February 22, 2017

State of Politics: New fentanyl law puts first 2 behind bars, Gonzalez eyes funds for governor bid as Healey deflects rumored run

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Antonio Caban/State House News Service

Attoney General Maura Healey

State of Politics is an occasional collection of news and notes from on and around Beacon Hill compiled from the latest reports by State House News Service.


In the first conviction under the state’s new fentanyl trafficking law, two Lawrence men pleaded guilty on Friday to running a trafficking ring out of a home in that city, Attorney General Maura Healey announced Tuesday

Regla Santana, who also goes by the name Miguel Carrasquillo, and Antonio Rivera were both sentenced by Essex Superior Court Judge Thomas Drechsler to terms of three to four years in state prison, less than half of what prosecutors recommended for sentencing.

“Fentanyl caused opioid-related deaths in Massachusetts to skyrocket to nearly 2,000 last year,” Healey said. “My office is continuing to work hard on all fronts to combat this epidemic, including going after drug traffickers who pump this deadly drug onto our streets.”

The convictions were the first under a new law that made trafficking fentanyl a crime in February 2016. Prior to the passage of that law, defendants could only be charged with manufacturing, distributing or possessing fentanyl, a synthetic opioid that is 50 times to 100 times more powerful than morphine.

Authorities began an investigation into Santana and Rivera in February 2016 that led to their arrest in April on charges of trafficking fentanyl and conspiracy to violate the Controlled Susbtances Act. Police seized approximately 82 grams of fentanyl from the house in Lawrence where they were selling the drug along with seven pounds of narcotic mixing cut and materials known to be associated with drug packaging and distribution.

The Massachusetts Department of Public Health estimates that 1,979 people died from opioid overdoses in 2016. Of the 70 percent of cases for which there was a toxicology screen available, 75 percent tested positive for fentanyl.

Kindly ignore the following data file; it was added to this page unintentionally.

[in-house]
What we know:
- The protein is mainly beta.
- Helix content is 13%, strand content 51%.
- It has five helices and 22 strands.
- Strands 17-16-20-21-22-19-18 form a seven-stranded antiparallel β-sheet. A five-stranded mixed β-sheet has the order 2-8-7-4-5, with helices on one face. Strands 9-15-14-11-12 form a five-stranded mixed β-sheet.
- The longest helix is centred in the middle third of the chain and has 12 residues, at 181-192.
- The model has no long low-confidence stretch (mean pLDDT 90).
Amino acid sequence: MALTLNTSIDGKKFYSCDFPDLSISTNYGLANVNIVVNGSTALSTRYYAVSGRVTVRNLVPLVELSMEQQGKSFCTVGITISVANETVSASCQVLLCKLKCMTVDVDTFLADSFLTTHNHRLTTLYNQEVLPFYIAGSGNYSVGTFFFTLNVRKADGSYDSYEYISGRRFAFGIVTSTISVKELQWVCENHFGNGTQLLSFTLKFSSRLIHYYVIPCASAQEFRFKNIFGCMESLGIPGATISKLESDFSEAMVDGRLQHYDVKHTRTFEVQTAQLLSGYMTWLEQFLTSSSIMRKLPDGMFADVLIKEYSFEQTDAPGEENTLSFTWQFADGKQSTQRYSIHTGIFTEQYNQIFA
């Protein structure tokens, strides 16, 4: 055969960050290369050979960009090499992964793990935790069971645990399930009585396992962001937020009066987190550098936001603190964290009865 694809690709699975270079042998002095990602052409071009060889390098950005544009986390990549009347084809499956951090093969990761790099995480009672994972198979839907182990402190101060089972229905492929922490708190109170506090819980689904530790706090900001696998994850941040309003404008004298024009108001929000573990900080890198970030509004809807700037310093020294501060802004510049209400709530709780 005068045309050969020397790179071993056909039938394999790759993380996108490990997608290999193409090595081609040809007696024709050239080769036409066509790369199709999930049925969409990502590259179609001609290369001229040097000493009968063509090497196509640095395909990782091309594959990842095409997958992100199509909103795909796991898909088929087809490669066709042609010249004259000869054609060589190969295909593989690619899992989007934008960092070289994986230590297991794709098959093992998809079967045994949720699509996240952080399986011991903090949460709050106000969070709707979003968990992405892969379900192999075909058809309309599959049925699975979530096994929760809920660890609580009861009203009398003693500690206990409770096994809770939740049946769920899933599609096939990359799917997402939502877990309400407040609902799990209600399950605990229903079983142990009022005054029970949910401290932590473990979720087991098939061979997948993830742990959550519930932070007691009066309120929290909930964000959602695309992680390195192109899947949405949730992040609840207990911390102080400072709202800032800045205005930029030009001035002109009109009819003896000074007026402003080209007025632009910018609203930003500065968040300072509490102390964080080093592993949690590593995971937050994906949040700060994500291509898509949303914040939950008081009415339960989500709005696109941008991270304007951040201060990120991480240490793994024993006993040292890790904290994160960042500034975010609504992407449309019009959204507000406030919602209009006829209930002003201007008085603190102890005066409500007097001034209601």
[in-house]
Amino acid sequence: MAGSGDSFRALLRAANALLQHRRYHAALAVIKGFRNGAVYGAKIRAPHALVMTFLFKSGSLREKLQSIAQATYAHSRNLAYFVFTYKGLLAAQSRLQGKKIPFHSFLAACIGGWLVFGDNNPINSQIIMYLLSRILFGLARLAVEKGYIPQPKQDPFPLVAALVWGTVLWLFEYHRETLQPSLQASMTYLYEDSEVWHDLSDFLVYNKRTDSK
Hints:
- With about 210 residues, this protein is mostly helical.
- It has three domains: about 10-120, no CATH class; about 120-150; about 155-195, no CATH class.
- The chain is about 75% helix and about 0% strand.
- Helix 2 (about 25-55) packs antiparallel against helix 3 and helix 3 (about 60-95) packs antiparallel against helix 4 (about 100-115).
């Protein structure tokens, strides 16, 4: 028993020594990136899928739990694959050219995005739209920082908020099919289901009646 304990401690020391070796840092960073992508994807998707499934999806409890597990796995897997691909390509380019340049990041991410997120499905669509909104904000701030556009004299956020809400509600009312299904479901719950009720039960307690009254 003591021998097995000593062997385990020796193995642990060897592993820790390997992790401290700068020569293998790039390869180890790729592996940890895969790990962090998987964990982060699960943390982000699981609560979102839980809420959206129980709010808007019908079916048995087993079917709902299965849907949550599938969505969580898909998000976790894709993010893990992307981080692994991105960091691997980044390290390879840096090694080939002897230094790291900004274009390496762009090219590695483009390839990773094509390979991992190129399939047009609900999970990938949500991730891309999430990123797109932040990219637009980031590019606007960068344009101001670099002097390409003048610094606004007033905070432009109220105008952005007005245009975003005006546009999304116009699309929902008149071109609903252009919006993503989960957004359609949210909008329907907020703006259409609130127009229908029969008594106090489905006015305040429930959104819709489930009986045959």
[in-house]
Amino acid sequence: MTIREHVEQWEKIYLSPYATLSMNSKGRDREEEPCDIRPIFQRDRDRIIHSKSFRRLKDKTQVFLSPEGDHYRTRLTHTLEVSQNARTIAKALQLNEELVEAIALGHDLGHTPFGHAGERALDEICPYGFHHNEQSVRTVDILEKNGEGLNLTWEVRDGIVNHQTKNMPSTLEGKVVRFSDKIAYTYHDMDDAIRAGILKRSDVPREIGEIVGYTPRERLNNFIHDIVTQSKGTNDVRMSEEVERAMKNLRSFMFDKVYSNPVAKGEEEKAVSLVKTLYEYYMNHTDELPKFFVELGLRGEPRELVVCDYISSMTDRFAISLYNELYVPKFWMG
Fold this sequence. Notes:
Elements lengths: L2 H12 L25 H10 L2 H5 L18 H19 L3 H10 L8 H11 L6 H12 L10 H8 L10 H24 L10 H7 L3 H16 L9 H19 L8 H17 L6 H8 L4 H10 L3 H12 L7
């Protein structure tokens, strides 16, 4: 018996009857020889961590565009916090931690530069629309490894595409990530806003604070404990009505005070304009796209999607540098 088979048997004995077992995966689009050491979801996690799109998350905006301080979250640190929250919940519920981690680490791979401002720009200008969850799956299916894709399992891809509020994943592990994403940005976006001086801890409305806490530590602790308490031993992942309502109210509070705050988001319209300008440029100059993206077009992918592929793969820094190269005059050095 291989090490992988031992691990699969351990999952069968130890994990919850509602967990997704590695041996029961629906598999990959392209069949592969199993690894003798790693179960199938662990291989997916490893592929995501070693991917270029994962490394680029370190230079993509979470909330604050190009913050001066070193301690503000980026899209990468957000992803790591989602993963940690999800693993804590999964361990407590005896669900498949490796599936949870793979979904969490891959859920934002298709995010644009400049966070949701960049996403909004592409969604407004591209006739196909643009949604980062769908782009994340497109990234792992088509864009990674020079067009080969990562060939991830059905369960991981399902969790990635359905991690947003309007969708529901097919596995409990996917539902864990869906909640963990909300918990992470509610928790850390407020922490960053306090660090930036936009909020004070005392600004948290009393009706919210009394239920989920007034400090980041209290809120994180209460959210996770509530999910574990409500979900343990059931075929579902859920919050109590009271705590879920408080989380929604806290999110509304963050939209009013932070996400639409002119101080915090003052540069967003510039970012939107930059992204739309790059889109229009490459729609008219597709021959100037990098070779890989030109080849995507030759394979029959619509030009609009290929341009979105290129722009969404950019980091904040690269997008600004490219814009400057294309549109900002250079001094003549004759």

Healey’s office had sought sentences of eight to nine years for Santana, 49, and nine to 10 years for Rivera, 48. The state’s case against a third defendant in the case – Milciades Castillo-Franco – is still pending.

— Matt Murphy


Democrat Jay Gonzalez launched his campaign for governor three weeks ago, and next Tuesday he will host his first Boston fundraiser at a Downtown Crossing restaurant as he works to build a campaign that might be able to compete in 2018 against Gov. Charlie Baker.

Gonzalez, in an email to supporters, said his campaign would host the event at Central Bistro on Summer Street at 6 p.m. next Tuesday.

“It’s been an exciting three weeks since I launched my campaign for governor of Massachusetts. I’ve really enjoyed connecting with people all across the Commonwealth; listening to your concerns and joining you in the fight for our progressive values. We are just getting started. I hope you’ll join us and celebrate the start of our grassroots campaign next Tuesday,” Gonzalez wrote in the email.

Since becoming the first Democrat to enter the 2018 gubernatorial race, Gonzalez has banked about $34,000 in donations, many coming from Boston lawyers, healthcare executives and former staff to Gov. Deval Patrick, who worked with Gonzalez in the administration.

Baker, who has more than $4.7 million in the bank, was in Florida over the weekend hosting a pair of fundraisers for his likely re-election campaign, and also plans to raise money in Washington, D.C., when he travels there later this week for the National Governors Association winter meetings.

Though Gonzalez may trail Baker significantly in money on hand, the other Democrat publicly exploring a run for governor, Newton Mayor Setti Warren, reported only $77,634 in his campaign account through Feb. 15.

— Matt Murphy


Attorney General Maura Healey attempted to squash persistent chatter that she may run for governor in 2018, telling a radio audience Tuesday that the role of attorney general has never been more important.

“You know as lawyers sometimes you get in the courtroom and the other side objects and they say ‘asked and answered.’ That’s a little how I feel on this one,” Healey said on WGBH’s Boston Public Radio. “I’m running for reelection. I think that my job as attorney general, it’s never been as important as it is now to do my job and do my job well. Certainly we have our hands full, so that’s what I’m focused on.”

Healey, who was a political newcomer when she won an upset over Warren Tolman in the Democratic primary for attorney general in 2014, had previously said she intends to run for a second term in 2018. But a slow-to-develop Democratic field for governor has given life to speculation that Healey could run for governor.

Later on during her monthly “Ask the AG” radio segment, a caller who identified himself as Jeremy from Quincy noted Healey’s “stealthy and clever” answer and gave her another opportunity to announce a run for higher office.

“Jeremy, whether you ask it or Margery asks it or Jim asks it, the answer remains the same: I plan to run for re-election,” Healey said, referring to co-hosts Margery Eagan and Jim Braude.

— Colin A. Young

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